Lately I’ve been working with a lot of clients who were suffering under the weight of inheritance clutter. A family member died and they felt stuck under the weight of the entirety of their parents, partner’s or siblings stuff. They felt like they should be able to figure how to take care of it, but they didn’t have the strength or clarity.
I told one of my clients that the grief shuts us down in a big and surprising way. That combined with the feeling that letting go of the deceased person’s stuff is like letting go of the person, makes it hard to move forward. My client opened up and revealed, “I feel like if I let go of any of their things, I’m killing my parents.”
I said that her parents were already gone. She wouldn’t be hurting them. But by hanging on to their stuff, she was hurting herself.
My client said that she also wanted to hang on to their stuff to preserve their legacy. I said that she is their legacy. She came from them. She is their living legacy. By taking care of herself and letting go of her parent’s stuff, she is honoring her parents in the most loving of ways. She liked hearing this perspective.
The reason I’m writing about this today is so you can think about what will become of your things after you die. How can you show the ultimate kindness to your loved ones who will remain after you go? How can you prevent them from having to deal with being buried alive under your belongings?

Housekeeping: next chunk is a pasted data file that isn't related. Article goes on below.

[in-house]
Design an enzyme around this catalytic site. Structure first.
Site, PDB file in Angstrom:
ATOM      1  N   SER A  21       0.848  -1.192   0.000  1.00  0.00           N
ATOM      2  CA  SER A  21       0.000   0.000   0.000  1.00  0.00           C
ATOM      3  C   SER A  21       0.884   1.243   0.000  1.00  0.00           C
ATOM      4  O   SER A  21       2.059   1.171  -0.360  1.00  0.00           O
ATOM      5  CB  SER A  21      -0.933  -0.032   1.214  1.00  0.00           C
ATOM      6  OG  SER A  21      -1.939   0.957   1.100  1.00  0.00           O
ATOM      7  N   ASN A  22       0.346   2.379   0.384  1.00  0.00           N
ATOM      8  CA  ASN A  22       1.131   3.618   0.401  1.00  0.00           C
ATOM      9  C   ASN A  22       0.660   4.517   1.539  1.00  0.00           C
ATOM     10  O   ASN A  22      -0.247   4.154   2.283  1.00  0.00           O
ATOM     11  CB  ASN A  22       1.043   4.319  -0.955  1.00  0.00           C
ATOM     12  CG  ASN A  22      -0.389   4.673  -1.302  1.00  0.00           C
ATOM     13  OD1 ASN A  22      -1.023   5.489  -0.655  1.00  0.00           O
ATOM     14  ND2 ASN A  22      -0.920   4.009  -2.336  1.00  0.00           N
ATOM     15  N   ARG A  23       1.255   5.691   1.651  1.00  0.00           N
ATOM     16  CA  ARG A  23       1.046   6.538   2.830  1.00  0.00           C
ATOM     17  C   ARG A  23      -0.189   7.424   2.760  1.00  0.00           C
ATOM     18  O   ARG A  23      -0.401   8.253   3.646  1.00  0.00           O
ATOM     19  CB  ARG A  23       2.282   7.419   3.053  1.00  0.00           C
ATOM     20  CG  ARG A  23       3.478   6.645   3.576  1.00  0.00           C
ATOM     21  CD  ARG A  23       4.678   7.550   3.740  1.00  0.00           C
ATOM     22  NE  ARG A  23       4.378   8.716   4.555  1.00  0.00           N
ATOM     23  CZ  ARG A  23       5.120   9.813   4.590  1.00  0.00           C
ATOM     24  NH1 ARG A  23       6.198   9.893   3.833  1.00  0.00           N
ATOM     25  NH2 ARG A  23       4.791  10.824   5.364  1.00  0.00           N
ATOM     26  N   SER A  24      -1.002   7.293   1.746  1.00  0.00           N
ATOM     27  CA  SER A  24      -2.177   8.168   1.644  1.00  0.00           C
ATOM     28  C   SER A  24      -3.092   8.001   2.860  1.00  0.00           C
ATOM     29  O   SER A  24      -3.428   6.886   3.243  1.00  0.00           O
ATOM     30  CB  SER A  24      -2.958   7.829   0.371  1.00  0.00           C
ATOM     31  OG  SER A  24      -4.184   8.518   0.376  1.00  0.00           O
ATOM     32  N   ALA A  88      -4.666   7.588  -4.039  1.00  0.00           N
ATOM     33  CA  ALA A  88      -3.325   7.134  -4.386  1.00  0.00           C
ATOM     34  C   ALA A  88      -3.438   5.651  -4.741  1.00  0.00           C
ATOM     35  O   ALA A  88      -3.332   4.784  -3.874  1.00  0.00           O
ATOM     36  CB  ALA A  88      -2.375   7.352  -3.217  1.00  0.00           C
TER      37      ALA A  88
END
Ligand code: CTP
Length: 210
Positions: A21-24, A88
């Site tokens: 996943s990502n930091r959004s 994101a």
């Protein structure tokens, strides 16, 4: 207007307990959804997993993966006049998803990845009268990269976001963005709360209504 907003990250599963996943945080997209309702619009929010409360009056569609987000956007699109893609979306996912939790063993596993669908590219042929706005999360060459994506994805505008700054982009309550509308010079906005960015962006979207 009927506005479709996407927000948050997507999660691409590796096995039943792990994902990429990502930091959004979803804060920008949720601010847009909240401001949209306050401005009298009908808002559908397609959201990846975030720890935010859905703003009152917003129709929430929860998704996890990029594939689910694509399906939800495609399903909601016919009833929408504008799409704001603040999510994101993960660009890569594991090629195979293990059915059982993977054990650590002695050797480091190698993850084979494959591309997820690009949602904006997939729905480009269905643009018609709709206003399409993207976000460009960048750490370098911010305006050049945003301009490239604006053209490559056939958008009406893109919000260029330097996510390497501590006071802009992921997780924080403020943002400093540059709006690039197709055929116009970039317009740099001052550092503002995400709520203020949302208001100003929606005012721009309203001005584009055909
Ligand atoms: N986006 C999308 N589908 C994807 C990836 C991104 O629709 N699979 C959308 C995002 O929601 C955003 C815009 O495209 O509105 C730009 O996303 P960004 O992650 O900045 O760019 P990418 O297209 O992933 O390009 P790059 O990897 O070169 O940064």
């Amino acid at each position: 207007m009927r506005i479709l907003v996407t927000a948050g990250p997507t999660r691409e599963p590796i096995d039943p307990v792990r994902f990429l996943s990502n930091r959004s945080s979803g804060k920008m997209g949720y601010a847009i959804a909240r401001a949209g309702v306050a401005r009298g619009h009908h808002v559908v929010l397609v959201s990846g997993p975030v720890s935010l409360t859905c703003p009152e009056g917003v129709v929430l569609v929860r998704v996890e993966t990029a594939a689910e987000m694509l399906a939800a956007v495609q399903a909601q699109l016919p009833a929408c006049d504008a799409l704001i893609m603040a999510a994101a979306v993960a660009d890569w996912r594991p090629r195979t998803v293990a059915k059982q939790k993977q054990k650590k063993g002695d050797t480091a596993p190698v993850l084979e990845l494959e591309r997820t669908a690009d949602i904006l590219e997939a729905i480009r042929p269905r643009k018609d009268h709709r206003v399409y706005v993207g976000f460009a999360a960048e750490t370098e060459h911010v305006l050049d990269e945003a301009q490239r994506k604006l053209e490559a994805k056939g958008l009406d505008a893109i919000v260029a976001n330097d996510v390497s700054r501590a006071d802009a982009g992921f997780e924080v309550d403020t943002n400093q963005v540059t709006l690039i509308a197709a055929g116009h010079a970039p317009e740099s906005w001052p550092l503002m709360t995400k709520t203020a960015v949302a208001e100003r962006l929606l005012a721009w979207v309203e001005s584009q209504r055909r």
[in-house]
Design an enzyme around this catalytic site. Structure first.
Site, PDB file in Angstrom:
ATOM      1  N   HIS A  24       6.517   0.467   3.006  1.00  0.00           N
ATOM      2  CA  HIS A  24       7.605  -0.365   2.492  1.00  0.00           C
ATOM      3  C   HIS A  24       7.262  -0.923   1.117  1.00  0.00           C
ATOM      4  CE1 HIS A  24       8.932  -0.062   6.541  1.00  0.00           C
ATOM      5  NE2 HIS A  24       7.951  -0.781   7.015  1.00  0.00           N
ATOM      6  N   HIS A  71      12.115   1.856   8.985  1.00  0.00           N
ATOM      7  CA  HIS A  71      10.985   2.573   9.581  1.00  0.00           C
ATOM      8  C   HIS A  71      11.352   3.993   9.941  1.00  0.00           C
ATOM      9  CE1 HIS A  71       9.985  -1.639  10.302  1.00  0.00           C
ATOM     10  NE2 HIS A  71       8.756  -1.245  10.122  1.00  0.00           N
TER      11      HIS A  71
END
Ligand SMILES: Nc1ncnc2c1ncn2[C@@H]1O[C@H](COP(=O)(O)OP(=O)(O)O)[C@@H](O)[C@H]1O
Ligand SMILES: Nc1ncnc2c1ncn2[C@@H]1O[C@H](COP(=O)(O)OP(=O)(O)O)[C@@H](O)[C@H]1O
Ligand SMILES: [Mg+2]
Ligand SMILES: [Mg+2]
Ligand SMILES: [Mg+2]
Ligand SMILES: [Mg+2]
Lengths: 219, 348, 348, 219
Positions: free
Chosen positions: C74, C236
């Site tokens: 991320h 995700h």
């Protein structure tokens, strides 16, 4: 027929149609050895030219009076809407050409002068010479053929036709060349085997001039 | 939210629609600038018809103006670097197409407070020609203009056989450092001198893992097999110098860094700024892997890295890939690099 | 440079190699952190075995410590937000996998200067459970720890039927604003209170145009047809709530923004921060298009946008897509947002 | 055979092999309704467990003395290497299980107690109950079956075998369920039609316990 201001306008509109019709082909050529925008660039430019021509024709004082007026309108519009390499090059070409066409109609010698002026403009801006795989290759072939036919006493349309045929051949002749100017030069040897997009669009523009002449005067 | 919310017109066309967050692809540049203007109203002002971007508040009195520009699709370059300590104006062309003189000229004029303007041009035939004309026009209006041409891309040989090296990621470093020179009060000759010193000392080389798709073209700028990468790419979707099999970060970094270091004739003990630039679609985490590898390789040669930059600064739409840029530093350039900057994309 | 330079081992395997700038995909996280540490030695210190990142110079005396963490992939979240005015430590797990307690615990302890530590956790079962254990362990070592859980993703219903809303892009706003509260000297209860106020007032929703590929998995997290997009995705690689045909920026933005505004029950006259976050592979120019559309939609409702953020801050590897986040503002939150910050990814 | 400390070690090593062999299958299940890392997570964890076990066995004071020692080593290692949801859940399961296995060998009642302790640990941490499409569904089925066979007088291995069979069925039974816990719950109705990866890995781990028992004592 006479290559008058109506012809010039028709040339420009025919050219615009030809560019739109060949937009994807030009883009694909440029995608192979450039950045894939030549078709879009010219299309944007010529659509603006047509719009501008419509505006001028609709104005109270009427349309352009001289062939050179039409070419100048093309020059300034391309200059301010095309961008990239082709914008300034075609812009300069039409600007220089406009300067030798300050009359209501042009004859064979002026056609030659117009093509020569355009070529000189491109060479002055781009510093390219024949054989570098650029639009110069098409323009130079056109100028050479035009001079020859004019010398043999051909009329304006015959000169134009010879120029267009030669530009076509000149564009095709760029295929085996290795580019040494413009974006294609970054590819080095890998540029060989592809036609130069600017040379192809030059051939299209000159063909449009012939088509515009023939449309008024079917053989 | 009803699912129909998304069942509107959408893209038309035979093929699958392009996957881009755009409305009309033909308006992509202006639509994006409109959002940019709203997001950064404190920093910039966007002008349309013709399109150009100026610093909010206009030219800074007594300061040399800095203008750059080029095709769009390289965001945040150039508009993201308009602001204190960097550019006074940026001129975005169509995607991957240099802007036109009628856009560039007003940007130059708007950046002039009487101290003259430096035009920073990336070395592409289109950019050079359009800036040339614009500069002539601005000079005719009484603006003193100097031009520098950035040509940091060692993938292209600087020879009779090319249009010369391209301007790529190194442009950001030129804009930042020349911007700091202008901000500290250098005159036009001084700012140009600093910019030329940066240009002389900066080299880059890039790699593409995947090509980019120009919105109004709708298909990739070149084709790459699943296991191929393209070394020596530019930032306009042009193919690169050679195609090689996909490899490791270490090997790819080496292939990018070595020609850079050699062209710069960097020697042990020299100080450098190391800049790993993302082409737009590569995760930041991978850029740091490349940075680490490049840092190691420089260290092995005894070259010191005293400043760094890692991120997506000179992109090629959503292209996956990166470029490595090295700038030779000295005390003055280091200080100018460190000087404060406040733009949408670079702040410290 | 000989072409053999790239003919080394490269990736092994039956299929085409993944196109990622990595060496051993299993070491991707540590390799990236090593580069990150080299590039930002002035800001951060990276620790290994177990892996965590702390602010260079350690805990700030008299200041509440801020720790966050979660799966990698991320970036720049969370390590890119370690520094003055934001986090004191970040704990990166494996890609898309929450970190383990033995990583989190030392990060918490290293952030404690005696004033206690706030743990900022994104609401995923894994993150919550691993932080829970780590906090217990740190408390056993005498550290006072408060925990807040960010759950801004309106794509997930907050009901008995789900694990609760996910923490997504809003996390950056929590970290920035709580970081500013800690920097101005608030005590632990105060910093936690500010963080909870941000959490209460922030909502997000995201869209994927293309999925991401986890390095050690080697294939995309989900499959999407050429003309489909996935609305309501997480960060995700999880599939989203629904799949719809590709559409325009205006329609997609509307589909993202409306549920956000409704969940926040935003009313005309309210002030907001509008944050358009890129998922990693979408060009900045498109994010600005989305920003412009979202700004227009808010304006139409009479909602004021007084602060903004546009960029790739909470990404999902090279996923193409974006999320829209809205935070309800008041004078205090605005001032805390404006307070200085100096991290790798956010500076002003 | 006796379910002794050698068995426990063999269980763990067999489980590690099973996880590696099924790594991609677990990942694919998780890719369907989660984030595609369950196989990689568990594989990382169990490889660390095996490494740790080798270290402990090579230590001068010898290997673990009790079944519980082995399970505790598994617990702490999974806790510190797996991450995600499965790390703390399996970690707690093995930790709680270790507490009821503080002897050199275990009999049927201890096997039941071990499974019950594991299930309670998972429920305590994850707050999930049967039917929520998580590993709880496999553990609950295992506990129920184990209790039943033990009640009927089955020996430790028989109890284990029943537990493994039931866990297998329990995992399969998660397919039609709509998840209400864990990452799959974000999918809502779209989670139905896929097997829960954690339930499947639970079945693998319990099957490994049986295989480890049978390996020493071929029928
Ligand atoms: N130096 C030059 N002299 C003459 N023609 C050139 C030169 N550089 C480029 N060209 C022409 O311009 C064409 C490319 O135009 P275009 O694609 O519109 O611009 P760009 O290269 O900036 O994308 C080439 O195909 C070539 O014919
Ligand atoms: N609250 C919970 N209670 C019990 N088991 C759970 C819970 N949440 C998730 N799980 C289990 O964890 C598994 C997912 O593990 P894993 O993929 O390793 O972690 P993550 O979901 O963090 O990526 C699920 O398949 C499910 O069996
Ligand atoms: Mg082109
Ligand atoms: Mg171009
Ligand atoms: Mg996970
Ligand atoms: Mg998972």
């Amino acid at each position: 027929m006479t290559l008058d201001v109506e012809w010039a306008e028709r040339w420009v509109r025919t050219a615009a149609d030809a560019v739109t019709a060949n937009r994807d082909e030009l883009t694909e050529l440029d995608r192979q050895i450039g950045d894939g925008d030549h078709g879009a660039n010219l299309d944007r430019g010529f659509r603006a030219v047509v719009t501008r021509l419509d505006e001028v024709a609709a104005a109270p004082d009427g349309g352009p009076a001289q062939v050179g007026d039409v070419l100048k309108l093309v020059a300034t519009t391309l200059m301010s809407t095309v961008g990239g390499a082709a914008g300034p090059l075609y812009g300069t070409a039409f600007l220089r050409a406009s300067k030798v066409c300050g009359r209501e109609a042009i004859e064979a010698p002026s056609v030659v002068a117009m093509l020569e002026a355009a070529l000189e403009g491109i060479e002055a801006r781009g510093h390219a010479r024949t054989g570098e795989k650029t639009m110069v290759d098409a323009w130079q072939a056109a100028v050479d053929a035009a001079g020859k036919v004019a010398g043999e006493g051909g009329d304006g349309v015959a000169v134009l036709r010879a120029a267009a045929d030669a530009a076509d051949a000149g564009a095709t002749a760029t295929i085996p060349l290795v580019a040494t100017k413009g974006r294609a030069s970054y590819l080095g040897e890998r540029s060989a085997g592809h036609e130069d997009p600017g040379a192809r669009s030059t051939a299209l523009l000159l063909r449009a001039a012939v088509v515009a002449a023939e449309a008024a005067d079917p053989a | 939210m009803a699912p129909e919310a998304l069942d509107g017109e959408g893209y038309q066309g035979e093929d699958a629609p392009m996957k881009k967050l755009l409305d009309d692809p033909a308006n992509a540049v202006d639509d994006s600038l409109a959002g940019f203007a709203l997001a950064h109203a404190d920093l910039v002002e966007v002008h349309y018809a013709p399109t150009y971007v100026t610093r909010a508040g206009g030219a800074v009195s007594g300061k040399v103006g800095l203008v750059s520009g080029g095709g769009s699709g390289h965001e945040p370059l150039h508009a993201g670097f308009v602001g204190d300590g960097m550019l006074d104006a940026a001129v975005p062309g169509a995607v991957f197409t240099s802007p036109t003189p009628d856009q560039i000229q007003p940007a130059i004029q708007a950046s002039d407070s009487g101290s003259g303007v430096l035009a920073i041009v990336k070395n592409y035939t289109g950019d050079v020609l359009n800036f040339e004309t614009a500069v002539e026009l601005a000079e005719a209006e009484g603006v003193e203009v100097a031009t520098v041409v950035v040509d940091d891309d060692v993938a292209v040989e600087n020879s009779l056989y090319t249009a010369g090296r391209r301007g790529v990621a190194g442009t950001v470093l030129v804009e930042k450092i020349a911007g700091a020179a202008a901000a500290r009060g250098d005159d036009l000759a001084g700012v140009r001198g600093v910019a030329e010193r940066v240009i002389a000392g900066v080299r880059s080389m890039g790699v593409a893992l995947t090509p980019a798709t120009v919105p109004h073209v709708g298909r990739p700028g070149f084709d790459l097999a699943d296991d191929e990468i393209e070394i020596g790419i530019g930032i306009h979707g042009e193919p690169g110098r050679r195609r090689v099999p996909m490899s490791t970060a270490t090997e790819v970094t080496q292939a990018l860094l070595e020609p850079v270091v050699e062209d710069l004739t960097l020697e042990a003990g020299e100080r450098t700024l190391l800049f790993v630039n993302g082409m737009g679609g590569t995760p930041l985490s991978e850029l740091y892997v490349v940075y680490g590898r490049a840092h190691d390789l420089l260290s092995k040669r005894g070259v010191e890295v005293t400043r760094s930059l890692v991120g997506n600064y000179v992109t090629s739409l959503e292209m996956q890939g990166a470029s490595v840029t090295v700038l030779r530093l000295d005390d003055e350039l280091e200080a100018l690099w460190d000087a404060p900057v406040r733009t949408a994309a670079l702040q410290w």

I encourage you to take a look at your stuff as a whole. All of it will become the property of your loved ones when you go. They will be feeling grief and loss. At the same time they will be overwhelmed with what to do with your stuff. I’ve seen people struggling for years about what to do with the inheritance items. What can you do today to prevent that from happening?
The great thing about decluttering now to prevent this greater grief for your loved ones is that you benefit today from removing the clutter. You’ll feel the relief that comes from looking for and removing what doesn’t serve you. Your life will feel lighter. And your heart will benefit from knowing that when it is your time to go, you’ve leaving a great gift your family. They’ll still feel grief at losing you, but they will be spared the great suffering of being overwhelmed with what to do with the bulk your stuff.
(This is a re-post from 6 years ago. I’m sharing it again because this issue is coming up for a lot of my recent clients. And in some ways I’ve experienced it myself with the passing of my mom a few weeks ago.)